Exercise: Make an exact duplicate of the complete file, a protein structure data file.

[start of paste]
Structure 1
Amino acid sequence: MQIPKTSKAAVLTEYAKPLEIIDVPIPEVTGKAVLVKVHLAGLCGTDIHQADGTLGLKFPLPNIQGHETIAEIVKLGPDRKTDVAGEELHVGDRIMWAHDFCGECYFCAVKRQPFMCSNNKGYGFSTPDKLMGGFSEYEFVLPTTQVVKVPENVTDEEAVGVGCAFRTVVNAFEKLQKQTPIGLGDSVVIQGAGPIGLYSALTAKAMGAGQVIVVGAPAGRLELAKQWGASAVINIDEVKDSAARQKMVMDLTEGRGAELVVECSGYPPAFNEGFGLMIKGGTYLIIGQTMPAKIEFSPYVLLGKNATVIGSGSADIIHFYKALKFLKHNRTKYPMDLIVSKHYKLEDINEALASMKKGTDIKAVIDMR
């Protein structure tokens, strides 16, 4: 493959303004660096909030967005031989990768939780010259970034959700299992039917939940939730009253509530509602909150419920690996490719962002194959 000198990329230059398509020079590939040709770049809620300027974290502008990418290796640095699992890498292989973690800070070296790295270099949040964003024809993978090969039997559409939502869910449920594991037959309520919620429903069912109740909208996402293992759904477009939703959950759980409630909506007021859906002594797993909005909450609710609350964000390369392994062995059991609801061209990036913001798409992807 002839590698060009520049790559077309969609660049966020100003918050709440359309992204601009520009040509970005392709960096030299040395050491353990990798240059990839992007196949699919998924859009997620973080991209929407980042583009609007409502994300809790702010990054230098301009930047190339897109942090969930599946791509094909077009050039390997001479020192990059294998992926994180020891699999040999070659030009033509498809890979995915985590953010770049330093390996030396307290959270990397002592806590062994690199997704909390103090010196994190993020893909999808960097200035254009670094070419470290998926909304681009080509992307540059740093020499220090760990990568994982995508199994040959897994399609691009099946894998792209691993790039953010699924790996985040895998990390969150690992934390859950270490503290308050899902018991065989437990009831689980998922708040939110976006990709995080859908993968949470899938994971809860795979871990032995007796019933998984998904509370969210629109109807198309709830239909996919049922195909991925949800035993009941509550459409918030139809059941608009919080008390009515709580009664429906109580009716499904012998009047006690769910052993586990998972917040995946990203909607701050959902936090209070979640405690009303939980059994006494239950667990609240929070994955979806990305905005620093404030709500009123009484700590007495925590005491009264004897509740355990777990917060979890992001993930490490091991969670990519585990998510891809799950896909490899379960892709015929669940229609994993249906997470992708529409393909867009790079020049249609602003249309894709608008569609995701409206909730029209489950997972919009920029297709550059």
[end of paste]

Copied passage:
Structure 1
Amino acid sequence: MQIPKTSKAAVLTEYAKPLEIIDVPIPEVTGKAVLVKVHLAGLCGTDIHQADGTLGLKFPLPNIQGHETIAEIVKLGPDRKTDVAGEELHVGDRIMWAHDFCGECYFCAVKRQPFMCSNNKGYGFSTPDKLMGGFSEYEFVLPTTQVVKVPENVTDEEAVGVGCAFRTVVNAFEKLQKQTPIGLGDSVVIQGAGPIGLYSALTAKAMGAGQVIVVGAPAGRLELAKQWGASAVINIDEVKDSAARQKMVMDLTEGRGAELVVECSGYPPAFNEGFGLMIKGGTYLIIGQTMPAKIEFSPYVLLGKNATVIGSGSADIIHFYKALKFLKHNRTKYPMDLIVSKHYKLEDINEALASMKKGTDIKAVIDMR
């Protein structure tokens, strides 16, 4: 493959303004660096909030967005031989990768939780010259970034959700299992039917939940939730009253509530509602909150419920690996490719962002194959 000198990329230059398509020079590939040709770049809620300027974290502008990418290796640095699992890498292989973690800070070296790295270099949040964003024809993978090969039997559409939502869910449920594991037959309520919620429903069912109740909208996402293992759904477009939703959950759980409630909506007021859906002594797993909005909450609710609350964000390369392994062995059991609801061209990036913001798409992807 002839590698060009520049790559077309969609660049966020100003918050709440359309992204601009520009040509970005392709960096030299040395050491353990990798240059990839992007196949699919998924859009997620973080991209929407980042583009609007409502994300809790702010990054230098301009930047190339897109942090969930599946791509094909077009050039390997001479020192990059294998992926994180020891699999040999070659030009033509498809890979995915985590953010770049330093390996030396307290959270990397002592806590062994690199997704909390103090010196994190993020893909999808960097200035254009670094070419470290998926909304681009080509992307540059740093020499220090760990990568994982995508199994040959897994399609691009099946894998792209691993790039953010699924790996985040895998990390969150690992934390859950270490503290308050899902018991065989437990009831689980998922708040939110976006990709995080859908993968949470899938994971809860795979871990032995007796019933998984998904509370969210629109109807198309709830239909996919049922195909991925949800035993009941509550459409918030139809059941608009919080008390009515709580009664429906109580009716499904012998009047006690769910052993586990998972917040995946990203909607701050959902936090209070979640405690009303939980059994006494239950667990609240929070994955979806990305905005620093404030709500009123009484700590007495925590005491009264004897509740355990777990917060979890992001993930490490091991969670990519585990998510891809799950896909490899379960892709015929669940229609994993249906997470992708529409393909867009790079020049249609602003249309894709608008569609995701409206909730029209489950997972919009920029297709550059």